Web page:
We’re not giving up…

We sent an email to Cllr Convery this morning, asking for responses to the following questions:

1 How did TfL find out about the plan to remove the traffic lights?

2 What does the process that TfL want to undertake involve?

3 How long is the process likely to take?

4 Do you anticipate any problems? If so, what?

5 What is the name of the Islington Council officer who is responsible for dealing with this, and the name of the TfL employee who will be making the decision?

We also reminded Cllr Convery that the Council successfully challenged TfL’s decision to close Caledonian Road station by organising a petition, getting the issue all over the media, and by threatening TfL with a judicial review.

We understand that this situation is very different, in that TfL money was used to pay for the scheme, and they do, unfortunately, have the right to say ‘no’ to the removal of the lights.

However, given the effect that the installation of the lights has had on local residents’ health, we expect the Council to put as much pressure on TfL as they did in opposing the closure of Caledonian Road station.

We have received a response from Cllr Convery:

Afraid I do not yet know the answer to these Qs. However, Claudia Webbe and I have an urgent meeting with our officers on Thursday. We shall be taking this situation directly up the management chain at TfL to get a resolution. We shall work very hard to sort this out as speedily as we can.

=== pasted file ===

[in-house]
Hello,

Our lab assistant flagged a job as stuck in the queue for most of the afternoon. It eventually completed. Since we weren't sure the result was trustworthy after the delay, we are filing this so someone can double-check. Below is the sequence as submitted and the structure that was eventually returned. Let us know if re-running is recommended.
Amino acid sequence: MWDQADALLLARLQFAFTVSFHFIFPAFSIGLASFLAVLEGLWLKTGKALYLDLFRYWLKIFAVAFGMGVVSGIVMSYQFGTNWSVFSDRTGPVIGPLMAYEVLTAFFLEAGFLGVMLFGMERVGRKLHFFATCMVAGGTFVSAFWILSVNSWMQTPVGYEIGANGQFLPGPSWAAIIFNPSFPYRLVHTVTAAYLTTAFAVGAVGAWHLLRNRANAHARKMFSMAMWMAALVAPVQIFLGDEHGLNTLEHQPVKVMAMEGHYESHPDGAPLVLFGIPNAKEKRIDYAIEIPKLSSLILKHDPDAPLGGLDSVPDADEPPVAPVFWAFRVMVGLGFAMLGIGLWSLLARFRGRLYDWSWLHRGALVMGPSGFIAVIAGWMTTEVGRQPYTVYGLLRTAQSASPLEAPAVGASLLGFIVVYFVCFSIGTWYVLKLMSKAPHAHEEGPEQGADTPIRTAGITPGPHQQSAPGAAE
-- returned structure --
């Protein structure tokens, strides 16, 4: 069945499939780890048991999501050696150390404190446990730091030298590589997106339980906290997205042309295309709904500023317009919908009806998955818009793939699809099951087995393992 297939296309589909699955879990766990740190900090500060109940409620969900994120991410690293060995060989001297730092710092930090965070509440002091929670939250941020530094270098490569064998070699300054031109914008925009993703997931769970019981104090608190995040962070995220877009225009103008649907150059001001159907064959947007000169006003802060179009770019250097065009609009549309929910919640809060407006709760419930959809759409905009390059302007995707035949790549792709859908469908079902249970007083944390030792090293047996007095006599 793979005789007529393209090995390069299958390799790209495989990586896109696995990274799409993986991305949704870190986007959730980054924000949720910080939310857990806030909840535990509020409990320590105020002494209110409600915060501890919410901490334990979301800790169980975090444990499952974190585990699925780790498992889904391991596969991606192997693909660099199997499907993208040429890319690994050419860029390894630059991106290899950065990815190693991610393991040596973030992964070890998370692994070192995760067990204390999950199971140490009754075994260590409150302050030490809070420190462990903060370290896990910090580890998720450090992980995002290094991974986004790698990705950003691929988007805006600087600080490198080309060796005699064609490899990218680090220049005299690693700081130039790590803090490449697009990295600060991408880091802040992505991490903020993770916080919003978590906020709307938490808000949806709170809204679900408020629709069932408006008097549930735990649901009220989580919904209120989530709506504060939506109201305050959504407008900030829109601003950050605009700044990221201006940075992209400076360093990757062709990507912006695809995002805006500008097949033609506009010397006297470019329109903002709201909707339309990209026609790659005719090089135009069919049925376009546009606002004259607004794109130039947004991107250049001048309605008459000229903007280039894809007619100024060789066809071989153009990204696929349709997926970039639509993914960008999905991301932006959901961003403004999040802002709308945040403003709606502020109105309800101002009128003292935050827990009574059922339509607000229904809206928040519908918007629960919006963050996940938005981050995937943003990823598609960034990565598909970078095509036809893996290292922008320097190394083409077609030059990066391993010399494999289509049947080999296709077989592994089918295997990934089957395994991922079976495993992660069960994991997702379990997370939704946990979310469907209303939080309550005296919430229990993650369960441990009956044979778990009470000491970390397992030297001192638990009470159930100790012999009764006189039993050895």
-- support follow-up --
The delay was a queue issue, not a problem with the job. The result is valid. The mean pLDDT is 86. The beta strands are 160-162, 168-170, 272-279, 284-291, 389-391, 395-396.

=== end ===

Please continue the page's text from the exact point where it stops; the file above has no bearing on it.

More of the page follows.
We will keep the pressure on, and will post new information as we get it.

In the meantime, a member of our team will be contacting solicitors who carry out pro bono work for local community groups affected by environmental issues.


1 thought on “We’re not giving up…

  1. I am pretty certain that legally TFL really can’t say no.
    The legal requirements on the signed report of this scheme have been broken.
    It states that the council have a duty to ensure
    “convenient and safe movement of vehicular and pedestrian traffic”.
    “A requirement to have regard to…
    3) national air quality survey 4)the importance of facilitating the passage of public service vehicles, and 5)any other matters appearing to the council to be relevant. ”
    So the air pollution, we know, is consistently over legal limits. Public service vehicles are buses and the 7 bus routes are stuck idling on Wharfdale most of the time. (As are ambulances putting lives at risk.)
    Any other matters? Well this scheme was supposed to improve traffic and the environment and make it safer for everyone. It has done the exact opposite.
    Then there’s the council’s public protection policy, environment policy, human rights, etc. ..


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